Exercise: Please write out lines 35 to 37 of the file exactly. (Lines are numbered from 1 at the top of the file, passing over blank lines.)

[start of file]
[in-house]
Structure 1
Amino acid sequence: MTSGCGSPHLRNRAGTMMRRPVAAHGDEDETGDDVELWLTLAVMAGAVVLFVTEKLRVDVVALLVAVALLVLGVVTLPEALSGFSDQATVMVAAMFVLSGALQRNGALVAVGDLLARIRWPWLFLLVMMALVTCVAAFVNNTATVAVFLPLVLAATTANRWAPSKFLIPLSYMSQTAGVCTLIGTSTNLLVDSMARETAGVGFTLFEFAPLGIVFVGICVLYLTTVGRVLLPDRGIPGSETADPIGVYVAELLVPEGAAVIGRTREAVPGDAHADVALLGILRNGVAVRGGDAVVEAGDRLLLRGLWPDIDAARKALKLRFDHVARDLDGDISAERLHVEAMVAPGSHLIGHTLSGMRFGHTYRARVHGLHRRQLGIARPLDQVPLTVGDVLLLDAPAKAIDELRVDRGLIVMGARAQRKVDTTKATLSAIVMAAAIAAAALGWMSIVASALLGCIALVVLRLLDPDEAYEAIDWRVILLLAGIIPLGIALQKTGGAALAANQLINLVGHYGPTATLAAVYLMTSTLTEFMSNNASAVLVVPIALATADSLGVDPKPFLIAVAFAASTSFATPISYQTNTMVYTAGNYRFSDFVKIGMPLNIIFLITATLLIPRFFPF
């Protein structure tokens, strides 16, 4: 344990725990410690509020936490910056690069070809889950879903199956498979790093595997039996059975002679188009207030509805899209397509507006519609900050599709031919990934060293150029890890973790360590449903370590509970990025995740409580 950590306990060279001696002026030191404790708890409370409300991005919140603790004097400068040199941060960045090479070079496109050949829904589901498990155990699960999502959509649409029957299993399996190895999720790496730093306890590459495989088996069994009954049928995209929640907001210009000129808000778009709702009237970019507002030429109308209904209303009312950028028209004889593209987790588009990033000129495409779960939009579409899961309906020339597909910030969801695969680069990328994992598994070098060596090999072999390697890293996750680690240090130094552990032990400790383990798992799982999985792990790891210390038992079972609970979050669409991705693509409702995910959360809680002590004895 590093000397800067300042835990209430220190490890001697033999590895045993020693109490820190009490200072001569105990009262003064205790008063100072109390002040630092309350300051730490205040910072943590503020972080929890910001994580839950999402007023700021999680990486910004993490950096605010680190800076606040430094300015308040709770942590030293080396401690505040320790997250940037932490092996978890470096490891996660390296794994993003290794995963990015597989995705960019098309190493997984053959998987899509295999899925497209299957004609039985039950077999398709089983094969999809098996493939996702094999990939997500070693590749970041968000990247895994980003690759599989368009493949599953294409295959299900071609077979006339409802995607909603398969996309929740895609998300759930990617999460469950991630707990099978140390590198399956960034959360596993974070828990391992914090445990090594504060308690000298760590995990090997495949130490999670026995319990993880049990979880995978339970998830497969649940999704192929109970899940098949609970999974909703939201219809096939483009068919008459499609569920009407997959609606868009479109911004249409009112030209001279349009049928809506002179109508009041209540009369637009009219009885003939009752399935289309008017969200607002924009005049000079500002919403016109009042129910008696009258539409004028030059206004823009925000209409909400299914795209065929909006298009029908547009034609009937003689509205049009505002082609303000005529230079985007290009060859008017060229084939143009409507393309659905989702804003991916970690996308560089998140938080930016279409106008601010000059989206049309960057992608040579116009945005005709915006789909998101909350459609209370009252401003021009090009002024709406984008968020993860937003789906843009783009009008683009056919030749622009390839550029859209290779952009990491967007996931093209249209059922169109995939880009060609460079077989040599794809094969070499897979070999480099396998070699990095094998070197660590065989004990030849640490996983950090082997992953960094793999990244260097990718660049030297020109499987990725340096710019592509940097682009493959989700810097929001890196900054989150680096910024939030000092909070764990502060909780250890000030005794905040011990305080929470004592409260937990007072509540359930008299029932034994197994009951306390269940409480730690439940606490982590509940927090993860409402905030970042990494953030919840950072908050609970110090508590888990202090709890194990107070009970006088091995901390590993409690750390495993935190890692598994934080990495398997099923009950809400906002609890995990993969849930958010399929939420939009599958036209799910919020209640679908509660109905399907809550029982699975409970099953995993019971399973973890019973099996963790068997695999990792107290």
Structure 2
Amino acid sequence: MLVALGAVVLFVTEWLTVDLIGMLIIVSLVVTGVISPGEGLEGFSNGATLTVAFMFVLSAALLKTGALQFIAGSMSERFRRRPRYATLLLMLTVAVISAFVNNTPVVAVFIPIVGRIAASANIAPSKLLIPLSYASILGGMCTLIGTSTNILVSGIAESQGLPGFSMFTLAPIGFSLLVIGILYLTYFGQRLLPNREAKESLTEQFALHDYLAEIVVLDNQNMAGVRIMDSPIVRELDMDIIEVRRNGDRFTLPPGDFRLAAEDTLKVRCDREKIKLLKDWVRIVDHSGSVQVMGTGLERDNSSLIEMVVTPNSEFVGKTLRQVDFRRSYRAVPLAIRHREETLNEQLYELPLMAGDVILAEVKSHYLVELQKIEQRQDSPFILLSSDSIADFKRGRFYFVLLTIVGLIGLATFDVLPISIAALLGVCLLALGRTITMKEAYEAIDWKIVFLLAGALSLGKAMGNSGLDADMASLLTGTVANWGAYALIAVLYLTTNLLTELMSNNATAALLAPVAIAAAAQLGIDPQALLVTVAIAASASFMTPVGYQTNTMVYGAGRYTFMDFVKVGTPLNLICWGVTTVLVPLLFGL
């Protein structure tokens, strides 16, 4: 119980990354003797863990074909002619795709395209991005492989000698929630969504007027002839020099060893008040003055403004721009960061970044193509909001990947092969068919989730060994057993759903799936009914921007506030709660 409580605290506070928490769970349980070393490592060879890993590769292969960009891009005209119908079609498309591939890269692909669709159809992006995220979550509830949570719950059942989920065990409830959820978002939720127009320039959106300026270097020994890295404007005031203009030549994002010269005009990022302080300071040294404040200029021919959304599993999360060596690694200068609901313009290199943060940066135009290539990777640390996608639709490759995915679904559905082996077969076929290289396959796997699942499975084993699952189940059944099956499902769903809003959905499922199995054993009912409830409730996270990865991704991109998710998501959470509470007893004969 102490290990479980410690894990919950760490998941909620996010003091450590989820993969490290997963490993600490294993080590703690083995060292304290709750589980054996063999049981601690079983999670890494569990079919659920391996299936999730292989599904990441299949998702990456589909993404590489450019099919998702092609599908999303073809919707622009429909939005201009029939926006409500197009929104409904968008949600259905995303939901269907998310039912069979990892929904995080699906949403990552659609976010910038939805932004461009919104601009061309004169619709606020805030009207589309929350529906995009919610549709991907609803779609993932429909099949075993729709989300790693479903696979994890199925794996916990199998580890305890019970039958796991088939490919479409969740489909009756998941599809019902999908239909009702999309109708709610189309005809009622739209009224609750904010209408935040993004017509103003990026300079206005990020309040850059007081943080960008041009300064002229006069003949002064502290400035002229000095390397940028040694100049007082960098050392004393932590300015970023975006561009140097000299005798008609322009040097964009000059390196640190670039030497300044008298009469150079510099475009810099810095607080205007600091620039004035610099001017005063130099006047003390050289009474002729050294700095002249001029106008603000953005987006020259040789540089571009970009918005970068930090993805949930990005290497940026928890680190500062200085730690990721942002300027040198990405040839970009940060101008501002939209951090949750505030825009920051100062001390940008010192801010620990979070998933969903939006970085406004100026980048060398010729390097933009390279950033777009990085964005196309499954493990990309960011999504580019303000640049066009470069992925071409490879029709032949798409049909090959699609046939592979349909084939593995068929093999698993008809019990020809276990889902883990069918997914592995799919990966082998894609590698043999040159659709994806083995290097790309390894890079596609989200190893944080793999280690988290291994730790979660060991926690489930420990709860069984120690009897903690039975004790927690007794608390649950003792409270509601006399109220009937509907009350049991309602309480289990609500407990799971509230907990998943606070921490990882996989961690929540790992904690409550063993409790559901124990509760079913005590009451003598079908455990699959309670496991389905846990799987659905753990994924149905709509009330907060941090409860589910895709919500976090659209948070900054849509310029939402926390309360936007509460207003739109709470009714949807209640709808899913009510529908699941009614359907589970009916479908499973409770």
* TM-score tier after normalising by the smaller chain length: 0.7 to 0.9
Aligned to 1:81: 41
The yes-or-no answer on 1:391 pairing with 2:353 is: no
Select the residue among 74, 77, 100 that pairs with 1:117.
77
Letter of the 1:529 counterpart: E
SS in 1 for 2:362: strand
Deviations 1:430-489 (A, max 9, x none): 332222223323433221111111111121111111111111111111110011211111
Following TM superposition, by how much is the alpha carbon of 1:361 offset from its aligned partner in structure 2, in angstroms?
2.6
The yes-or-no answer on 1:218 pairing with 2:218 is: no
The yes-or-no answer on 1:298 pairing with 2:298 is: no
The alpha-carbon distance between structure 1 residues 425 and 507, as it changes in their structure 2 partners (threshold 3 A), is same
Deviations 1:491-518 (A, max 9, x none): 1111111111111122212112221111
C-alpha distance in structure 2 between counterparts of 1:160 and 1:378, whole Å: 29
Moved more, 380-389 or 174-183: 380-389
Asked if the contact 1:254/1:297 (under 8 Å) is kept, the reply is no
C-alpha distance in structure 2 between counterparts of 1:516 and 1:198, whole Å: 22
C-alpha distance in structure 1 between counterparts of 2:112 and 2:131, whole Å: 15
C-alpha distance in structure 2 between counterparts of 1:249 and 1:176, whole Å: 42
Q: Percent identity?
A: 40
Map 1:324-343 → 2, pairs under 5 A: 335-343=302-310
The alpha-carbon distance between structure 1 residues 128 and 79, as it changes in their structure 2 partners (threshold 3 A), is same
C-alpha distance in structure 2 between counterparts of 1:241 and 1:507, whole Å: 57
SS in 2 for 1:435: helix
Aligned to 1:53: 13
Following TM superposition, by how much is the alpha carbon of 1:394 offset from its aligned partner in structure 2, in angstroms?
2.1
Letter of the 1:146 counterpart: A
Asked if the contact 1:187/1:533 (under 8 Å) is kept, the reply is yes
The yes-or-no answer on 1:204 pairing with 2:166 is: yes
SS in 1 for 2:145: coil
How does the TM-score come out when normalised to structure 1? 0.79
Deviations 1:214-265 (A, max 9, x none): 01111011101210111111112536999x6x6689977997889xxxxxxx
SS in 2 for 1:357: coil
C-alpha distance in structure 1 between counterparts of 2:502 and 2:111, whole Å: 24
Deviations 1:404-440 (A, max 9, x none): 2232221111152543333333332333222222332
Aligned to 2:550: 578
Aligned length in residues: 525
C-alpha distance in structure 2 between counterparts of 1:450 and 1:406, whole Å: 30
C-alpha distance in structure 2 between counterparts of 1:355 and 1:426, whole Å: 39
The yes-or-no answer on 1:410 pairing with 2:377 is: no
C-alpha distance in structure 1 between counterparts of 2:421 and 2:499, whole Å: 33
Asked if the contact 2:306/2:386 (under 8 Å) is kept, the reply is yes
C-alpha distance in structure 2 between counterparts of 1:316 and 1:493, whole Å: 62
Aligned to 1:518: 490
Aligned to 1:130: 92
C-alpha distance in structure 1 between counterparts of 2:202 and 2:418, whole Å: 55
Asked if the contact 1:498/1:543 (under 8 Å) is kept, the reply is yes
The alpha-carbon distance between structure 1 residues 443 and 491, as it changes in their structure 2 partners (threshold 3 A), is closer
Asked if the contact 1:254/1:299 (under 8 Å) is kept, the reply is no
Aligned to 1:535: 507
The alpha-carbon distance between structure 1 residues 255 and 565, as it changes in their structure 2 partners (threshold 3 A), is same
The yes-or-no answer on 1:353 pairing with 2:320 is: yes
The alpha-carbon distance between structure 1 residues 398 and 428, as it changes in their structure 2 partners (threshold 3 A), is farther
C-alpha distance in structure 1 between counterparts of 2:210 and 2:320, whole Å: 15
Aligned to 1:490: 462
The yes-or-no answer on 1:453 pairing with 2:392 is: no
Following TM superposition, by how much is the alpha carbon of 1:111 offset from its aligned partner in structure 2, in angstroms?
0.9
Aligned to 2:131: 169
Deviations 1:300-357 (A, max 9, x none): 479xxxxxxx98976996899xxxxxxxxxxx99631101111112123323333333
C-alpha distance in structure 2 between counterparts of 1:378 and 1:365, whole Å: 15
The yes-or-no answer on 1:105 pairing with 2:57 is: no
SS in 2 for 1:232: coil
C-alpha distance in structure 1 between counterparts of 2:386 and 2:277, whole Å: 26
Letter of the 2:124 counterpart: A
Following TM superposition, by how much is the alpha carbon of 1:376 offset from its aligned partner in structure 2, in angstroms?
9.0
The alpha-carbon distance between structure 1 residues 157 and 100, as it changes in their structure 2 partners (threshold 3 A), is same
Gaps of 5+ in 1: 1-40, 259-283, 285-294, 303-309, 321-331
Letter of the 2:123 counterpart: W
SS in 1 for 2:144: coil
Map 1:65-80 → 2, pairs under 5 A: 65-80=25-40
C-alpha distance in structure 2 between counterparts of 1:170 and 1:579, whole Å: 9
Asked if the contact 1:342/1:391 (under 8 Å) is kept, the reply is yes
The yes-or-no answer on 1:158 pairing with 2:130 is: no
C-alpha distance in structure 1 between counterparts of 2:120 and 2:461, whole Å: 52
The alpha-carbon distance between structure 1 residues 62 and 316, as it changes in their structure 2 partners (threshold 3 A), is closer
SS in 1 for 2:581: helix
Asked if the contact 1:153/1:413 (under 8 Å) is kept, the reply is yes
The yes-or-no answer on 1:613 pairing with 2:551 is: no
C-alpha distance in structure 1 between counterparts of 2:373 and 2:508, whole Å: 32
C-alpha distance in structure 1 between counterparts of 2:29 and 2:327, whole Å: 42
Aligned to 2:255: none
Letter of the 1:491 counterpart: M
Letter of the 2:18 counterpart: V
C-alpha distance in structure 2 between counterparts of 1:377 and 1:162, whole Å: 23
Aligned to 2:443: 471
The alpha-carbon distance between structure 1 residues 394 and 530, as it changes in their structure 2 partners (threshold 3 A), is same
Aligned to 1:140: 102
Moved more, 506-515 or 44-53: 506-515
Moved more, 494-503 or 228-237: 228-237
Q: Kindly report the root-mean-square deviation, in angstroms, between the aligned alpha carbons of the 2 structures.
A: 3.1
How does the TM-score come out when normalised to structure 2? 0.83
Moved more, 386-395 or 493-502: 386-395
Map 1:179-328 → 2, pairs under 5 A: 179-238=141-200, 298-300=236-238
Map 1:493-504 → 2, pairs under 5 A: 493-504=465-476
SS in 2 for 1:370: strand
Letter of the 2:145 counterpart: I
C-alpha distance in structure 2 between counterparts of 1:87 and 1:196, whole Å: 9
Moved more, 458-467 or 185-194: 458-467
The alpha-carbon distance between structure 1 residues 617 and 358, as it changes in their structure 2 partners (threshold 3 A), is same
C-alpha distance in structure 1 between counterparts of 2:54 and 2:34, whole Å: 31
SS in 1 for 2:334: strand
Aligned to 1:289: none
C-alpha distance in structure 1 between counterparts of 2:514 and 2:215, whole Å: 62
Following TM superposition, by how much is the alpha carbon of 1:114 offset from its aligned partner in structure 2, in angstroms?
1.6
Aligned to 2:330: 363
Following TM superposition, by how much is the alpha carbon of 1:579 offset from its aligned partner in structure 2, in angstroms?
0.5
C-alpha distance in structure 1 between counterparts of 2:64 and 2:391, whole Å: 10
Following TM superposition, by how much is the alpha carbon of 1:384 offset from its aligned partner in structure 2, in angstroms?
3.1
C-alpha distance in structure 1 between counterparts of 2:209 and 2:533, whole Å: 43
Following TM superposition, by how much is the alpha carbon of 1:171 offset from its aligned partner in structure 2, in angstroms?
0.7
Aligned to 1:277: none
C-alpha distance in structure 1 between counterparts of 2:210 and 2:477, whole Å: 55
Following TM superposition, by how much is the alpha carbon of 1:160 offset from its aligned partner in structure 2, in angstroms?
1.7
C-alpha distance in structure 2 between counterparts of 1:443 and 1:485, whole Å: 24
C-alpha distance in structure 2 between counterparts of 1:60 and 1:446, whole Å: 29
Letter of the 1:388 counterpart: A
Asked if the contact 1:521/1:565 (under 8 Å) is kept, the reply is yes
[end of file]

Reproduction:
Following TM superposition, by how much is the alpha carbon of 1:394 offset from its aligned partner in structure 2, in angstroms?
2.1
Letter of the 1:146 counterpart: A